In the present study experimental efforts have been conducted in order to reveal the detailed flow structure of the dynamic stall in low speed flows. In the present experiments, a low speed wind tunnel, whose diameter is 2m, is used. A special device for oscillating the airfoil in pitch sinusoidally is developed by using a special mechanical link system. The flow fields are visualized by smoke-wire method and smoke lines (streak line) are recorded with a conventional camera and a video camera. The mean angle of attack of the airfoil is changed variously and the effect of mean angle of attack on the characteristics of the dynamic stall are investigated carefully. The results show that the dynamic stall characteristics in low speed flow are significantly influenced by the mean angle of attack.
This experimental research simulates that tidal waves which are higher than coastal pine forests strike against the forests. Canopy models of coastal forests are presented as groups of circular cylinders with steel wool placed perpendicularly on a ground plane. The circular cylinders and the steel wool present trunks and crowns of trees, respectively. The effect of canopy models on flow fields is studied with flow visualization and image processing. Two patterns of canopy models are used; one is a continuous pattern and the other a gap-toothed pattern. With flow visualization, crowns of these models dam up tidal waves, and the waves rise up to about twice the height of trees at the frontal part of canopy models. Velocity fields of the flows are measured by image processing of the correlation method. Then, the velocity fields are revised under constraint of the equation of continuity. Velocity fields in the downstream regions of the plant canopies are evidently different between two patterns of models.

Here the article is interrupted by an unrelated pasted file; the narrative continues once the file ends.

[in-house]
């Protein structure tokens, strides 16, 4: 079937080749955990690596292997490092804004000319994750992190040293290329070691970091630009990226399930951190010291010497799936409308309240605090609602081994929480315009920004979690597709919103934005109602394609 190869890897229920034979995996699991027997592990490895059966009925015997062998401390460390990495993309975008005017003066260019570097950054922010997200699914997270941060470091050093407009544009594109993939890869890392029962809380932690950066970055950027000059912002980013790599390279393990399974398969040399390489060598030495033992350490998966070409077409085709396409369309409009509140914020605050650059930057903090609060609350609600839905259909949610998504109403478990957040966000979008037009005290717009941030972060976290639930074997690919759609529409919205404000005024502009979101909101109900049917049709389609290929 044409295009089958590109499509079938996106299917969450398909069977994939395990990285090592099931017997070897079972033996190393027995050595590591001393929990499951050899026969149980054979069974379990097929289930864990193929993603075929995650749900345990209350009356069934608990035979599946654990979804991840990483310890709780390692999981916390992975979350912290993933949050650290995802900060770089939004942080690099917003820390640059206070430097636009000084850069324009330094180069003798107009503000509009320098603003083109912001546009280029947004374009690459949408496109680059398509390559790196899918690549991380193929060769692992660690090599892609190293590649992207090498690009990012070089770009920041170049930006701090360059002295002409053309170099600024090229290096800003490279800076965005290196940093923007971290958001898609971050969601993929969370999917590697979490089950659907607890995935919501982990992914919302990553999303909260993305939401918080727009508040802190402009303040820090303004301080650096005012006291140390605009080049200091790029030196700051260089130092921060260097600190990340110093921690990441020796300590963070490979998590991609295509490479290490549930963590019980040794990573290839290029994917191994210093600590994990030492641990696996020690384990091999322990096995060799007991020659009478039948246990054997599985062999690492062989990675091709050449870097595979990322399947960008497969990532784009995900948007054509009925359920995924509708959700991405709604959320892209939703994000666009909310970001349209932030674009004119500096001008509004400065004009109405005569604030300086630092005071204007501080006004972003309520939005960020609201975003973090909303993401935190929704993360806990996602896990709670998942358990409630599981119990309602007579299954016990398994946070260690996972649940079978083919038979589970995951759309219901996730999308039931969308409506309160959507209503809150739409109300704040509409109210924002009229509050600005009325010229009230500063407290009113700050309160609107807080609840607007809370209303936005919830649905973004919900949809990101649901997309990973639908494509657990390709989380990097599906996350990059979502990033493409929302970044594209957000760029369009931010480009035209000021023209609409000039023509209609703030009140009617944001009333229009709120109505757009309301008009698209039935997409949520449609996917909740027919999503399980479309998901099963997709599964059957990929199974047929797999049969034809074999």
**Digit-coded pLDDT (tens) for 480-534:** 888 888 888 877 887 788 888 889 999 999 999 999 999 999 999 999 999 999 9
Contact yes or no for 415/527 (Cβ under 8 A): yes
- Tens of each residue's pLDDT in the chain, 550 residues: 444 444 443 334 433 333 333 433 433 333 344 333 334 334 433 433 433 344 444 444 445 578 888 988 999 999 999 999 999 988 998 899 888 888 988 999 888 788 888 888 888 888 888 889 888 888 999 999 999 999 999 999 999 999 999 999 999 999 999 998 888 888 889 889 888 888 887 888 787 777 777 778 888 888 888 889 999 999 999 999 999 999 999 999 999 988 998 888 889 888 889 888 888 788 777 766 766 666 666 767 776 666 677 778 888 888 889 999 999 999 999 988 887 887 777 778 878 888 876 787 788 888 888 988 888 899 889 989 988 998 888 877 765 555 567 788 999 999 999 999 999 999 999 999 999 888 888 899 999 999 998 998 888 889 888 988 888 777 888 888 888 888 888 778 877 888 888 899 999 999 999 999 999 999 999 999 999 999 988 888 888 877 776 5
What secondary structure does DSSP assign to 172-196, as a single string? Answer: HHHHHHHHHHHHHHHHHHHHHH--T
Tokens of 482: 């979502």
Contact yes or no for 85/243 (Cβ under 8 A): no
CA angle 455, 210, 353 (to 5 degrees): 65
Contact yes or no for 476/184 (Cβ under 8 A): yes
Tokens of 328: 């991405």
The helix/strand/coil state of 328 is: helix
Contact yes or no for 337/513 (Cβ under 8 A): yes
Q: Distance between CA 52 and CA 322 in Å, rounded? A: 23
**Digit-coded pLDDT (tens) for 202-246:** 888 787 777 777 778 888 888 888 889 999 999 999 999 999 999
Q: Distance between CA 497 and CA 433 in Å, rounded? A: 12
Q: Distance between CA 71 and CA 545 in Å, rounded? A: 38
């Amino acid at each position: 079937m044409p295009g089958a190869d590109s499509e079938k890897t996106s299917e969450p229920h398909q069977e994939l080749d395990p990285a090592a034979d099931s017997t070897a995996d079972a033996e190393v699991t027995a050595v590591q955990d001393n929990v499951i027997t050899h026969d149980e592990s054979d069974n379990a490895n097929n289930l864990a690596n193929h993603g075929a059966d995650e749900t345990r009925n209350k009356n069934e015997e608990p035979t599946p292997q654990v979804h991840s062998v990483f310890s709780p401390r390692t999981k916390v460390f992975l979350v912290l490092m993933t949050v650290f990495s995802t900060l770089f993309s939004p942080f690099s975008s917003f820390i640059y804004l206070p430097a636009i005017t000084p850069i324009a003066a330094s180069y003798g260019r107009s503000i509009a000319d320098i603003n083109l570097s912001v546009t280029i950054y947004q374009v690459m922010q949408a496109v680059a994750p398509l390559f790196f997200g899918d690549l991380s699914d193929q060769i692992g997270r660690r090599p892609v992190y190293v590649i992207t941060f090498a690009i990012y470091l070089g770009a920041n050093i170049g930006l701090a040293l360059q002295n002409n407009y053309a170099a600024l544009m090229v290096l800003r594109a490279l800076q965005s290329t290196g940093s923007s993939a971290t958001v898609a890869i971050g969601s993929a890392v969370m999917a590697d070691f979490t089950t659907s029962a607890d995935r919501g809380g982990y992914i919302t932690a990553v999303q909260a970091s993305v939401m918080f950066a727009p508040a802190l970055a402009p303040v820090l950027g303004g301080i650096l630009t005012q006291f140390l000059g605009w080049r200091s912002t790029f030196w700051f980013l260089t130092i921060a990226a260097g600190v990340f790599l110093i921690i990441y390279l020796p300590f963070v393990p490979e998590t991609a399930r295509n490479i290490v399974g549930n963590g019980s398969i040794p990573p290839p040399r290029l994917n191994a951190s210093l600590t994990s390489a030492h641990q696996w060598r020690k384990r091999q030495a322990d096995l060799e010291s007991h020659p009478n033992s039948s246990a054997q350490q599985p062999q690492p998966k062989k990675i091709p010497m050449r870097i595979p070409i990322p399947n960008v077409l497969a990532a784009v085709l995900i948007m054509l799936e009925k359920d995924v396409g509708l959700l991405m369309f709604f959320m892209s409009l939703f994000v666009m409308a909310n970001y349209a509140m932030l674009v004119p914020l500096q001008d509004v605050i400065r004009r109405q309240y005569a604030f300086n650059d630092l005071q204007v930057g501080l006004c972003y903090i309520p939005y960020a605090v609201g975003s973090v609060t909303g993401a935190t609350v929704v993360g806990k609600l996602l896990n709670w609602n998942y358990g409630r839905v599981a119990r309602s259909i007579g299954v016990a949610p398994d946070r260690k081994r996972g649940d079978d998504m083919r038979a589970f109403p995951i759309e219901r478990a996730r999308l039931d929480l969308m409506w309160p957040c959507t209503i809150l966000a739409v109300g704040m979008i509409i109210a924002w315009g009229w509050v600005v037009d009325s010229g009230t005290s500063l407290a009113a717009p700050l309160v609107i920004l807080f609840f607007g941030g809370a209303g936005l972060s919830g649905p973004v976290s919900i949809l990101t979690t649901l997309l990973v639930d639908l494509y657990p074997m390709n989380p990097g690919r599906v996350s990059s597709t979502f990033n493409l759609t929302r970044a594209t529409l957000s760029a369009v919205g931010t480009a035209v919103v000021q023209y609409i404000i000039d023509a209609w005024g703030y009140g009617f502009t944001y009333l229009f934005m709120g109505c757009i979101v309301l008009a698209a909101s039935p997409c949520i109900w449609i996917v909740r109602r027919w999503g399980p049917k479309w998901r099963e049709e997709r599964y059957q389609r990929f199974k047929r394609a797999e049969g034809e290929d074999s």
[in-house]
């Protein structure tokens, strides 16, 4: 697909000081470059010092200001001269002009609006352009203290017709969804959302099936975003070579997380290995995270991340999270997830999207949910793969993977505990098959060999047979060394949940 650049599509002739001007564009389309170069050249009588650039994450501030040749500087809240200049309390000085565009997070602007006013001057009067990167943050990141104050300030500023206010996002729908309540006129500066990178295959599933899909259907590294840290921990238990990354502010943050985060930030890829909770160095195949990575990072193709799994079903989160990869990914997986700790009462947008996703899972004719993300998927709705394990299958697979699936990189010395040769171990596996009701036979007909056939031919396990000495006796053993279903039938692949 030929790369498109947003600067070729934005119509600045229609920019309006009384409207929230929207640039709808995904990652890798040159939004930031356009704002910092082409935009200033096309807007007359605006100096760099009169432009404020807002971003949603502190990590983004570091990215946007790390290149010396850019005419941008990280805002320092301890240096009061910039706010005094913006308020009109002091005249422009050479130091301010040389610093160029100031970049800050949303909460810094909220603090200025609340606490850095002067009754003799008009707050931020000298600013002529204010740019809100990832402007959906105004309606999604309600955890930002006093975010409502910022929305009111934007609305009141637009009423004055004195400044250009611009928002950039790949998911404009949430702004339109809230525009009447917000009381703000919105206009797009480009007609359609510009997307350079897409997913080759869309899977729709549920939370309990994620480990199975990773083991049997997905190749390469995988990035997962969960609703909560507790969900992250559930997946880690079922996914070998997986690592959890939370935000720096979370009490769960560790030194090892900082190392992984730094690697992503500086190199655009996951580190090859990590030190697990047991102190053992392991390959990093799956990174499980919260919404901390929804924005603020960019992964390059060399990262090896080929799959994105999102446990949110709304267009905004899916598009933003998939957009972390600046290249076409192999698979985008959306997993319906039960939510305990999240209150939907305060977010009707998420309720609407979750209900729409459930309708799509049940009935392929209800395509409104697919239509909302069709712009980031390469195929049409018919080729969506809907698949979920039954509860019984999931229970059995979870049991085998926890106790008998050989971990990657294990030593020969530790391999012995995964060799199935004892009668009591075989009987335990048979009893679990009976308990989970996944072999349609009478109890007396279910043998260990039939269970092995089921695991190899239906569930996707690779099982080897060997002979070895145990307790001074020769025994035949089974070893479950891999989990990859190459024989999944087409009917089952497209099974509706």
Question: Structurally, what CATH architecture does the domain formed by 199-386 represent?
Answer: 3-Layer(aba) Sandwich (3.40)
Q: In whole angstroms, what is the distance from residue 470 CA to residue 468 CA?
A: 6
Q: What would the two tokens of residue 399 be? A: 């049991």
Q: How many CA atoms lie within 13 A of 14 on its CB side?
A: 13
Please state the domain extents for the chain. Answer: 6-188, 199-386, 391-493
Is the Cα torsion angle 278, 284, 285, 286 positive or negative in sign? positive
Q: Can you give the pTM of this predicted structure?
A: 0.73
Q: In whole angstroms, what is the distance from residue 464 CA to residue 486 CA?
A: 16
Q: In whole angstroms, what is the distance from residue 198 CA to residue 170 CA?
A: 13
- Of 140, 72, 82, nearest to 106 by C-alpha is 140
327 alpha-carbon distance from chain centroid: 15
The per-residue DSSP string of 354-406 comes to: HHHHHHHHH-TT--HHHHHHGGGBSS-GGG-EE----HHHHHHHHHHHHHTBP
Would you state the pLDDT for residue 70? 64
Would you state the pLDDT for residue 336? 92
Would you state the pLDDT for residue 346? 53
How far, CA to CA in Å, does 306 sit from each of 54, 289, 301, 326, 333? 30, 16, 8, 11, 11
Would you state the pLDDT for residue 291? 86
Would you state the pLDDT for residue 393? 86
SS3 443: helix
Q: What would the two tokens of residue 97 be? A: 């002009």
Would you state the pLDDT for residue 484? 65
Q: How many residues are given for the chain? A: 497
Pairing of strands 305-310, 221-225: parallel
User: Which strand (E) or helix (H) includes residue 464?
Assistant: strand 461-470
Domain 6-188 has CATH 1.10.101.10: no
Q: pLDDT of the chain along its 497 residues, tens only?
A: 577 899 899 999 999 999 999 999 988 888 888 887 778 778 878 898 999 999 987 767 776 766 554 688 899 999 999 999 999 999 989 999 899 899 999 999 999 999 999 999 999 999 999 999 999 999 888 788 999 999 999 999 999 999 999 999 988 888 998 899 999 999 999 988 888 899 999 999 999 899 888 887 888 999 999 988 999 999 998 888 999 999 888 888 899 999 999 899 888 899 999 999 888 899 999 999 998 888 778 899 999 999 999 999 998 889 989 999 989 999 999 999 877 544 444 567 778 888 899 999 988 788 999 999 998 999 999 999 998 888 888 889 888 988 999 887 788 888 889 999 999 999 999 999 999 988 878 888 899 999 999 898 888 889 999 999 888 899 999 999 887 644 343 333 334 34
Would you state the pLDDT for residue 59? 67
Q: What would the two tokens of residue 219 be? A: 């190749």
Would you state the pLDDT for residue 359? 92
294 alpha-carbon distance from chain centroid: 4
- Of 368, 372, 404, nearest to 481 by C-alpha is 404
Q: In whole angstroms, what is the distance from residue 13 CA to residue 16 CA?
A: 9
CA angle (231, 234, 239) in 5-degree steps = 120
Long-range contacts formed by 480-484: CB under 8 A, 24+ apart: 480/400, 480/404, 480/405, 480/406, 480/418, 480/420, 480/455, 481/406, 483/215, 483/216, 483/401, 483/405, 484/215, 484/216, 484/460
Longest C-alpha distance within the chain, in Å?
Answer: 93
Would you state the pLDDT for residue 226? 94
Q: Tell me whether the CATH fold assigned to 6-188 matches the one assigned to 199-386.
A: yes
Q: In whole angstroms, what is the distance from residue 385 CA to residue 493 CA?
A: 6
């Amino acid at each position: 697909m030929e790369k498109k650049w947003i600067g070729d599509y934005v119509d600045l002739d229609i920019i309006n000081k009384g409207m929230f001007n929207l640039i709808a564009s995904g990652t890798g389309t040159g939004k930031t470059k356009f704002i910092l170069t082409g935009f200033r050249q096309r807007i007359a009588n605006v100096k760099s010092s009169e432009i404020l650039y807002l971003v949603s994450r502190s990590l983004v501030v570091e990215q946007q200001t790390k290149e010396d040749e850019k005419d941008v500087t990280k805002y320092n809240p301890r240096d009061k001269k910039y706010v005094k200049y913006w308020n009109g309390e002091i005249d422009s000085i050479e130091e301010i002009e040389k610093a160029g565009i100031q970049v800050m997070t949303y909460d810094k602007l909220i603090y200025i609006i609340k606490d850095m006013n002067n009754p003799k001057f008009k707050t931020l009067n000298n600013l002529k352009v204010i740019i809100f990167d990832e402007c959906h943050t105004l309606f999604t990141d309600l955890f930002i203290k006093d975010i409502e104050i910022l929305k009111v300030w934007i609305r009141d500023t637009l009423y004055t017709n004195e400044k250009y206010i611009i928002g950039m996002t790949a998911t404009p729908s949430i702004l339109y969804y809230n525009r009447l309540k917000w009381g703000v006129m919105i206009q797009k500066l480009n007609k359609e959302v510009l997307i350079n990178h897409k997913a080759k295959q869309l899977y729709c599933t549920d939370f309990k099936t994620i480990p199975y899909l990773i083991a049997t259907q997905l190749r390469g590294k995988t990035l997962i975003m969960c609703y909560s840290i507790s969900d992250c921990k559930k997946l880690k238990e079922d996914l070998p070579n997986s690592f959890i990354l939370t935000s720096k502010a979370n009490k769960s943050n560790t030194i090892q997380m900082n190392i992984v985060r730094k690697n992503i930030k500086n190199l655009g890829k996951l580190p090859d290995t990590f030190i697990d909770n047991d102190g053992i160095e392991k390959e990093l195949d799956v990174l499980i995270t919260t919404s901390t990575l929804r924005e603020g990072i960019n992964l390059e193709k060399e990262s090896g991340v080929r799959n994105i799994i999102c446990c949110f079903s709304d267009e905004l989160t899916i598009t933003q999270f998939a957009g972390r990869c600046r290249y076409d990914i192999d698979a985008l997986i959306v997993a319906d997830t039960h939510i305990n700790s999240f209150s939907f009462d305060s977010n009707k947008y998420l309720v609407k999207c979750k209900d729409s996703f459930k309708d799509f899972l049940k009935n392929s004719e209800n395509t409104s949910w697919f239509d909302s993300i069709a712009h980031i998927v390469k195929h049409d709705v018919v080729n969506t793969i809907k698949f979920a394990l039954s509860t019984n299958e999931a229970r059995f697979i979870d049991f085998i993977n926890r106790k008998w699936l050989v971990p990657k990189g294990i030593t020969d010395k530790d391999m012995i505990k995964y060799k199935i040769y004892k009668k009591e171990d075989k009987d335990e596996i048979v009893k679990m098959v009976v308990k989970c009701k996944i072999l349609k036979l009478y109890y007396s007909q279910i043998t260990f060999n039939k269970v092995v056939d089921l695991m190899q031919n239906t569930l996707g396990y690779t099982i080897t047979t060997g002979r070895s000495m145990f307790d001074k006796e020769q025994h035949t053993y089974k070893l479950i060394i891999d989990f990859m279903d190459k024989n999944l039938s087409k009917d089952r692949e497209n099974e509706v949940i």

To create the comfortable room ventilation with a low speed air flow has been investigated. The paper focuses on a quantitative flow analysis of a low speed air flow, which is based on the flow visualization and the digital image processing. The ventilation air flow in a room model and the natural convection induced by a human body were visualized by a smoke method and a technique of laser light sheet. The quantitative velocity data were obtained from the flow visualization image by a simplified density correlation method. The results indicated that the ventilation air supplied from the ceiling was circulated in the whole region of the room, and that the influence of strong upward natural convection due to the presence of the human body was an important factor in the design of the room ventilation.
In our previous experiments using a wind tunnnel, the flow in a two-dimensional curved diffuser with logarithmic spiral angle was clarified quantitatively about the variation of spiral angle and the existence of a guide vane. The wind tunnel method however requires much time for preparation of the experimental system and for the main experimental procedure. We have recently devised a new experimental method for identifying optimum diffuser forms in less time than that required by the conventional technique. This new method involves visualization of flow (using dye streaks and condensed milk) and numerical calculation using the finite element method. The results obtained with this new method were compared with those obtained with the wind tunnel method to assess its usefulness. The results of numerical calculation approximately agreed with the findings from flow visualization. The analysis using this method showed that the flow in the diffuser was improved by the existence of a guide vane, although some differences were observed depending on the magnitude of the logarithmic spiral angle. These findings are consistent with those obtained in our previous wind tunnel experiments. This method involving flow visualization and calculation is therefore expected to provide a simple and useful means of determining ideal forms of curved diffusers.